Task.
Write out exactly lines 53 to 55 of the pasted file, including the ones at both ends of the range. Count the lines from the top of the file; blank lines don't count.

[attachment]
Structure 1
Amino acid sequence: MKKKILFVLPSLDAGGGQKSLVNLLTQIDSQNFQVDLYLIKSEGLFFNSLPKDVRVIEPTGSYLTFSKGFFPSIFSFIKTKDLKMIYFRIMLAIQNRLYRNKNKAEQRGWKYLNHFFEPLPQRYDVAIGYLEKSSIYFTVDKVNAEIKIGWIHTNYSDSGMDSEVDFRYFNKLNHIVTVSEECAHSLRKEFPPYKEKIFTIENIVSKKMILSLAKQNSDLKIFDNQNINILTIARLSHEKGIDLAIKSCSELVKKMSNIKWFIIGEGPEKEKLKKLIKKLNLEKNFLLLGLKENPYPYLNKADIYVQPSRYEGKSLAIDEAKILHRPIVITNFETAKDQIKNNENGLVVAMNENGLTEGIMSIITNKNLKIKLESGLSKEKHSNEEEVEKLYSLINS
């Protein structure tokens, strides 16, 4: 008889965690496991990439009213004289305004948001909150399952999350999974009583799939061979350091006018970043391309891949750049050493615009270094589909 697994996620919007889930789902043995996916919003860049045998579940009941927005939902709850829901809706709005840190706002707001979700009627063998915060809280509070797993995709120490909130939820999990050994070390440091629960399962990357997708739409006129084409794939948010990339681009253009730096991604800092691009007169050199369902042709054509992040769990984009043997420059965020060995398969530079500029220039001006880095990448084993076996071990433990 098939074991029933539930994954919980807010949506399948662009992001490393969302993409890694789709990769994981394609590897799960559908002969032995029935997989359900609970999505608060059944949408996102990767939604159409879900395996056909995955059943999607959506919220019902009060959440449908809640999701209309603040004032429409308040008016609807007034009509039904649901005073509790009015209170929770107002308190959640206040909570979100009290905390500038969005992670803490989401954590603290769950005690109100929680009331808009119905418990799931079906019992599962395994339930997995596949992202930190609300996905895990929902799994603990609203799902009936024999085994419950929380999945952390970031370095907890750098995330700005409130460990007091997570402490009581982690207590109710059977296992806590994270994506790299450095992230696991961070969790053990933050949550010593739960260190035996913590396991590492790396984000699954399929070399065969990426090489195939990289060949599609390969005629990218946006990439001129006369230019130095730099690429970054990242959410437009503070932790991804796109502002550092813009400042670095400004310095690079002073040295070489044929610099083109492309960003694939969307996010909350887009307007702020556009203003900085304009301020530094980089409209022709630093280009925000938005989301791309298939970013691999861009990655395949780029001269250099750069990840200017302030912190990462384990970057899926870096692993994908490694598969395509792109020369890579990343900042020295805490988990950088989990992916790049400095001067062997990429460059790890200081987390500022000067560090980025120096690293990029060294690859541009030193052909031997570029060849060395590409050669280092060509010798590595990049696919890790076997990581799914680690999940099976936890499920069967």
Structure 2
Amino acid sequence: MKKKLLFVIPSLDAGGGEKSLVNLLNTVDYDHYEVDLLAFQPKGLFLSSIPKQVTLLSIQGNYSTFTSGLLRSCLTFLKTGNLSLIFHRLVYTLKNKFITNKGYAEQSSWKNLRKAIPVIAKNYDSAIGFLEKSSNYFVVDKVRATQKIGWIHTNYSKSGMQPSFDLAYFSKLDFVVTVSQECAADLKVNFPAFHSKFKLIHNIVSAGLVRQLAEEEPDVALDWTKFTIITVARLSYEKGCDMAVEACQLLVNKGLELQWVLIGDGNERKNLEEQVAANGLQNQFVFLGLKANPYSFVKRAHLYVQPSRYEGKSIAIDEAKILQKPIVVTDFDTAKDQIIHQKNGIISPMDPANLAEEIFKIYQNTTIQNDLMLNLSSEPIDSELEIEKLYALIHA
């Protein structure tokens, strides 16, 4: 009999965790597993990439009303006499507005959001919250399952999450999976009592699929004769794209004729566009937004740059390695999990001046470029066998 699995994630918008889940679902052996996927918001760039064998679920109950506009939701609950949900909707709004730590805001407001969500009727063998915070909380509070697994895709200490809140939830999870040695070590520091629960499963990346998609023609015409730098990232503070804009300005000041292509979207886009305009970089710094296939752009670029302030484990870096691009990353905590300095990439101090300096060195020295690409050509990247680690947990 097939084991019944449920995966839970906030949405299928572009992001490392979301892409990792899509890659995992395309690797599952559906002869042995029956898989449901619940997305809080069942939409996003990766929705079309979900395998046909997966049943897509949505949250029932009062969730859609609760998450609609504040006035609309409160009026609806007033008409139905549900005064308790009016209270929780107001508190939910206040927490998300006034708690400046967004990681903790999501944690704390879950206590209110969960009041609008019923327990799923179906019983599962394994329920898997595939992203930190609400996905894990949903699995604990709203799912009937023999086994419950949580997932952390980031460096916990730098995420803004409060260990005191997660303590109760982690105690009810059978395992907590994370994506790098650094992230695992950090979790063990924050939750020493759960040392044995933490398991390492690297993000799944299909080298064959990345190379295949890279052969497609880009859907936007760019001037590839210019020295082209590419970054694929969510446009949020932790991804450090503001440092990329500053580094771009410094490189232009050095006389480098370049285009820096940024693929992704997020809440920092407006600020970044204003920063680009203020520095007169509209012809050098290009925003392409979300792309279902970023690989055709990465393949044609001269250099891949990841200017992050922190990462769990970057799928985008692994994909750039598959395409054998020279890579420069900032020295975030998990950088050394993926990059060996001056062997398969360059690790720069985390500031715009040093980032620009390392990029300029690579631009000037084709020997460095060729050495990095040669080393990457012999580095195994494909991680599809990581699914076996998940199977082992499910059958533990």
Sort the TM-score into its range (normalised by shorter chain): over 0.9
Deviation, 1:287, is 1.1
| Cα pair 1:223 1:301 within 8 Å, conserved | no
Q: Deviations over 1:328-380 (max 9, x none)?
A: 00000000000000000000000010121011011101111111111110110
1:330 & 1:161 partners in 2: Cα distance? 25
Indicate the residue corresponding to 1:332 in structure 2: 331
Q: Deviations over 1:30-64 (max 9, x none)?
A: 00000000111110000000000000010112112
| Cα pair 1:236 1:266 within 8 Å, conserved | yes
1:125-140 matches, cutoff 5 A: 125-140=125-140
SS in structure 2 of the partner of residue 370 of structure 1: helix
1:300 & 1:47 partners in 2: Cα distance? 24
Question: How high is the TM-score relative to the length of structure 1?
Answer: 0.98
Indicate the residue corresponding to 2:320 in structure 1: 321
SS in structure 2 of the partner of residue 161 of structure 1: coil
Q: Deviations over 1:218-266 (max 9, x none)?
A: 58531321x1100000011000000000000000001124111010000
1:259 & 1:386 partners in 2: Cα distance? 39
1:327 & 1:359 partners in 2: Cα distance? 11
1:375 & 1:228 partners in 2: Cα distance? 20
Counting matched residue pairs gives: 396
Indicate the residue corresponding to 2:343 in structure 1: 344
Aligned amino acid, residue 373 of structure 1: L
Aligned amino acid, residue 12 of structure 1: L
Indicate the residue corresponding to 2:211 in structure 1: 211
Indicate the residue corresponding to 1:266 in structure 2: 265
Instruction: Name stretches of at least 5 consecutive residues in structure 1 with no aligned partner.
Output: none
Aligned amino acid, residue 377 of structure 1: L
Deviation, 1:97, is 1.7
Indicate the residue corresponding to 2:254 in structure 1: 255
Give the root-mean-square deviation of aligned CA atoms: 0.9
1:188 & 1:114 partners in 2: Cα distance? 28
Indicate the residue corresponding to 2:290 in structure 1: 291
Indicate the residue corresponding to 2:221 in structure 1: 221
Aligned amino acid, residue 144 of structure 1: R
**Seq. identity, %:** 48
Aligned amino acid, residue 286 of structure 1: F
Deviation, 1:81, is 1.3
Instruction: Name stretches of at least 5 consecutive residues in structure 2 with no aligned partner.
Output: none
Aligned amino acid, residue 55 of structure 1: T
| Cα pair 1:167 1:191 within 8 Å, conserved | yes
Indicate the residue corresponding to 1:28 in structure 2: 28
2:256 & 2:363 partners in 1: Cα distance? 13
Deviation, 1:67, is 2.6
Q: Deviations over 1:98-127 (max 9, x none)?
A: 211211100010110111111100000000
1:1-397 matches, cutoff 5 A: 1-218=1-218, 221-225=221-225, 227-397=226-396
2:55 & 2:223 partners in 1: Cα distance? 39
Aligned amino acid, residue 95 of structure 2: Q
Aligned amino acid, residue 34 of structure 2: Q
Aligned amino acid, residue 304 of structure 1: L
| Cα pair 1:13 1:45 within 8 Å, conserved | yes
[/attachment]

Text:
2:256 & 2:363 partners in 1: Cα distance? 13
Deviation, 1:67, is 2.6
Q: Deviations over 1:98-127 (max 9, x none)?